Top 6 Lifts for High School Athletes

Disclaimer:  This is not a sexy list of exercises.

High school athletes are competitive, cocky, and want to talk trash.

Regardless of what anyone says or writes this is not going to change.

Everyone wants to talk about the big lifts – bench and squat.  Trust me, I get it!  When I was in high school I benched 5 days per week and relentlessly ran my mouth about how much I could lift (constantly exaggerating).

Now that I’m 32, have bad knees and shoulders, a jacked up elbow, and I’m rapidly balding I wish I knew then what I know now.

Maybe my athletic career would have lasted longer.  Maybe I’d have less joint issues.  Maybe I wouldn’t spend time every day foam rolling and trying to get back to moving pan free.

Well, I am where I am now and all I can do is help guide young athletes.

If I was to tell my 15 year old self how to train what would I say?

I know I would say things like – lay off the NOXplode, don’t bench every day, try stretching, YOGA is not lame, maybe consider doing something for your back, etc…

Now, if I was to write myself a training program what would be the main components?  What would I build it around?

So, here it is.

My Top 6 Lifts for High School Athletes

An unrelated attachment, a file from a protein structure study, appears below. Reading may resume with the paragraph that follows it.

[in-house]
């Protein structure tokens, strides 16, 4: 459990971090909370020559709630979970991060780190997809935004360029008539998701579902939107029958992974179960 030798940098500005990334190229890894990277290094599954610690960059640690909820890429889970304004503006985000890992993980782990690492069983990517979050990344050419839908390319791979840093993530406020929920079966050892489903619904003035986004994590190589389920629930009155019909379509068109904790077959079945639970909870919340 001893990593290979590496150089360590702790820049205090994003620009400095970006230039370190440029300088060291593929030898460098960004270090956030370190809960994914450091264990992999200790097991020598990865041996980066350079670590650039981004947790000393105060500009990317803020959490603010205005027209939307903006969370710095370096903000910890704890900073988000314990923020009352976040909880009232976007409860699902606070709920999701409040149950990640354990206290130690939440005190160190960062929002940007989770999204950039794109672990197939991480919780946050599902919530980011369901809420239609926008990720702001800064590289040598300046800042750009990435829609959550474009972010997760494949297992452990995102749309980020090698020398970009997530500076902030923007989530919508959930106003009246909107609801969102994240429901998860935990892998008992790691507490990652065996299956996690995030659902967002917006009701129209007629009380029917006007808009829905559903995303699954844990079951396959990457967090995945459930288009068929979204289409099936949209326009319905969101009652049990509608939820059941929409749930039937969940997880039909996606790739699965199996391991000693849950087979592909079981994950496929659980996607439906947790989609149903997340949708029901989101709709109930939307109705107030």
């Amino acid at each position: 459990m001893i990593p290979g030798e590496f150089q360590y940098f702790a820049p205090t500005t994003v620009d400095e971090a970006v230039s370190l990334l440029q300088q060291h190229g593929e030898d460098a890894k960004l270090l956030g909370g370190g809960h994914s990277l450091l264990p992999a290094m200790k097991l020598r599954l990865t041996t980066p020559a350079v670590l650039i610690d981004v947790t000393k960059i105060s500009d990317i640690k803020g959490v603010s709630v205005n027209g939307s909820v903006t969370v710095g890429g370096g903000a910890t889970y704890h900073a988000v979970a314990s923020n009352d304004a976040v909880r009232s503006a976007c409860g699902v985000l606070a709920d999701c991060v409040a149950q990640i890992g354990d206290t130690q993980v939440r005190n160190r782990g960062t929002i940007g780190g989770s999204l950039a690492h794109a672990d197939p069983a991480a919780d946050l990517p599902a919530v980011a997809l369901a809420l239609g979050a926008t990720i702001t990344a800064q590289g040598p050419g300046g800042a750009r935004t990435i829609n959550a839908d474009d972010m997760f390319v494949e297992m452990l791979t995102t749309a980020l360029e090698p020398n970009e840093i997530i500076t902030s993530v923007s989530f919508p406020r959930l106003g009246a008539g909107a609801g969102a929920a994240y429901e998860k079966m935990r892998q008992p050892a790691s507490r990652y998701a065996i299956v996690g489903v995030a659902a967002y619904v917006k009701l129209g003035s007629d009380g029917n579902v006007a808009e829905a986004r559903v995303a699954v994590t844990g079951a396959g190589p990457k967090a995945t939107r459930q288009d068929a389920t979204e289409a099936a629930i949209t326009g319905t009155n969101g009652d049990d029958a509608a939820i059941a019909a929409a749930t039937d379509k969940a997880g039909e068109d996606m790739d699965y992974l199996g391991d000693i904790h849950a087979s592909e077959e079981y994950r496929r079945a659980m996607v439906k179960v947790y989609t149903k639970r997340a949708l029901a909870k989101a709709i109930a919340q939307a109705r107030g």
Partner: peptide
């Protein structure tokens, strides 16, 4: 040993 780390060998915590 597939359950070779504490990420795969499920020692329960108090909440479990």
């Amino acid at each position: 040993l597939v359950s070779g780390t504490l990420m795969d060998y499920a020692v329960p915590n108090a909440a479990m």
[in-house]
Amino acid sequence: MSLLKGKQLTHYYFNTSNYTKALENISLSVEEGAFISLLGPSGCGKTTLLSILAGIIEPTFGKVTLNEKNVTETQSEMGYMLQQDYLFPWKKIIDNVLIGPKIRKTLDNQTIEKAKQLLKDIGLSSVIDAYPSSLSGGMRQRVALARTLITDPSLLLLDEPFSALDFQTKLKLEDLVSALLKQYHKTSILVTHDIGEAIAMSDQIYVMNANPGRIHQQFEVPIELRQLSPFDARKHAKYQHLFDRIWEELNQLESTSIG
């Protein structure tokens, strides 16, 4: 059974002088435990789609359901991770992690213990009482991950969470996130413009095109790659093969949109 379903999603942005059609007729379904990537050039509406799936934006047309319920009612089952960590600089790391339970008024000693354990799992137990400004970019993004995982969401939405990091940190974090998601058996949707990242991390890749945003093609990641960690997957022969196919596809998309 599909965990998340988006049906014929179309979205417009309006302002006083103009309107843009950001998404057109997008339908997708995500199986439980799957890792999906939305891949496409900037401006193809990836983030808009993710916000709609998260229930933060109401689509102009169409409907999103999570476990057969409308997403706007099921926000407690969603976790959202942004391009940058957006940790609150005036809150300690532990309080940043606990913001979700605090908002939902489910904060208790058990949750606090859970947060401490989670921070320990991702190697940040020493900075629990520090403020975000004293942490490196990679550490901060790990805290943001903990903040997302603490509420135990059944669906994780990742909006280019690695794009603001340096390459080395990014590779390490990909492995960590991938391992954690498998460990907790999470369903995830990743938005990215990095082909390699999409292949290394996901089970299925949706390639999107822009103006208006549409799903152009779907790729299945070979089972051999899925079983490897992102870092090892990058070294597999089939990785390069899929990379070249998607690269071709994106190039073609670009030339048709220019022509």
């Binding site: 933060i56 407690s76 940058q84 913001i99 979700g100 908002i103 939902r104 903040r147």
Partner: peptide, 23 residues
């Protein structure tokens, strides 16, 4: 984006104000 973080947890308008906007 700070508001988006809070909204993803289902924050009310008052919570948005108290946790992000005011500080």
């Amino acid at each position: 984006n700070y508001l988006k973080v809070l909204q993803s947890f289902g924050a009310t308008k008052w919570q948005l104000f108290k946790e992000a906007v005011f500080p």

*****I said it before…this list is not going to be sexy*****

1) Pull Ups

  • All variations, high reps, iso holds, slow eccentrics.
  • Builds relative strength and forces you to control your bodyweight
    • Increased relative strength = greater ability to maintain acceleration
    • Also makes biceps look nice – added benefit.

2) Goblet Squats

  • Mobility emphasis
    • Deep with/ upper body posture and proper knee tracking.
  • Start with iso holds and slow eccentrics (see a trend?)
  • Building block for front squat
    • Front squat is a building block for Power Clean.

3) Trap Bar Deadlift

  • Athlete not weightlifter.
  • The Trap Bar is the best way to teach pulling from the floor.
    • Puts you in a natural position and teaches force into the ground.

4) Farmers Cary

  • Core stability. Grip strength.
  • Body control and mental aspect.

5) Push Ups

  • High Reps. Varied hand position.  Slow eccentrics and iso holds.
  • Perfect push up before allowed to bench press.
  • Builds musculature of triceps, delts, and chest while helping core stability.

6) Glute Ham Raise

  • Knee dominate pull. There is no better posterior chain movement for a young athlete.
  • Teaches bodyweight control.

**Others receiving votes – sled march/sled drag, natural grip dumbbell bench, single leg squat, hip thrust, pallov press, inverted rows, band pull apart, face pulls, and dumbbell reverse lunge

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